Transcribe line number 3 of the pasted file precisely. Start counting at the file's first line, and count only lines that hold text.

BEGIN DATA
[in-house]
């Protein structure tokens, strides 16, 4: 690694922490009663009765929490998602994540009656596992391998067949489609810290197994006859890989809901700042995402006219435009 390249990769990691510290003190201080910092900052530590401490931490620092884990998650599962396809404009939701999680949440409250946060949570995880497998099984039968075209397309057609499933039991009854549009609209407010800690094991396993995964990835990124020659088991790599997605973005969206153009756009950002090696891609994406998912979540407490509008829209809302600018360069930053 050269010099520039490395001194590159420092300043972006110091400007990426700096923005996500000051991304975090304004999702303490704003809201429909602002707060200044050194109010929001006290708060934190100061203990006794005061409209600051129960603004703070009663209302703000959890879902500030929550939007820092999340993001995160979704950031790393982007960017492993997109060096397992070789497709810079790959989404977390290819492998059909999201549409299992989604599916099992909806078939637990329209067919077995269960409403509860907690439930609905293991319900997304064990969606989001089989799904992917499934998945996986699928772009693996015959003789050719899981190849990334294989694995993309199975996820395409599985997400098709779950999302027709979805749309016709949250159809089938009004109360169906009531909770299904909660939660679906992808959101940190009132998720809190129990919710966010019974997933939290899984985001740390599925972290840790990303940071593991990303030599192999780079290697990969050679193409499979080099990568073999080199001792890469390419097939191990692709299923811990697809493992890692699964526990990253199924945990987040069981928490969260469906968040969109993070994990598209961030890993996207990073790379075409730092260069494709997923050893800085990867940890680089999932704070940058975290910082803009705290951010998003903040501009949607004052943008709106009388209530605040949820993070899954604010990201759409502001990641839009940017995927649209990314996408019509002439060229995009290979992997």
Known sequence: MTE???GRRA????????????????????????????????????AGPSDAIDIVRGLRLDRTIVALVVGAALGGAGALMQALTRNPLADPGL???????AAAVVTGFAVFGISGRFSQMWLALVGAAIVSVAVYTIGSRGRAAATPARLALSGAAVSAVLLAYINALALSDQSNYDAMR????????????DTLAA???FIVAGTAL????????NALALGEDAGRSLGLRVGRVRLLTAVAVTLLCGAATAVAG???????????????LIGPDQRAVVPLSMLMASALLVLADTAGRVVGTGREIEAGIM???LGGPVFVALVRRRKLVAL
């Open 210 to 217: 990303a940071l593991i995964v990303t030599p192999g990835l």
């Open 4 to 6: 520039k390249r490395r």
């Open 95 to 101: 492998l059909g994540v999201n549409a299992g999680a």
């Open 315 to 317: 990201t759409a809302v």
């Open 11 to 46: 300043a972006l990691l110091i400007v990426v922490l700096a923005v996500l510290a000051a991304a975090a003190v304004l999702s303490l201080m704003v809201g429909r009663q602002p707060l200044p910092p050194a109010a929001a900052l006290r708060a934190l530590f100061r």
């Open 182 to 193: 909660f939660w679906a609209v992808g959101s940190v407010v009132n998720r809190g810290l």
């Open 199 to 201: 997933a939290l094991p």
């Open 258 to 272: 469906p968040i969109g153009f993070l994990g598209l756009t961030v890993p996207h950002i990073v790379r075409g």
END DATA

Known sequence: MTE???GRRA????????????????????????????????????AGPSDAIDIVRGLRLDRTIVALVVGAALGGAGALMQALTRNPLADPGL???????AAAVVTGFAVFGISGRFSQMWLALVGAAIVSVAVYTIGSRGRAAATPARLALSGAAVSAVLLAYINALALSDQSNYDAMR????????????DTLAA???FIVAGTAL????????NALALGEDAGRSLGLRVGRVRLLTAVAVTLLCGAATAVAG???????????????LIGPDQRAVVPLSMLMASALLVLADTAGRVVGTGREIEAGIM???LGGPVFVALVRRRKLVAL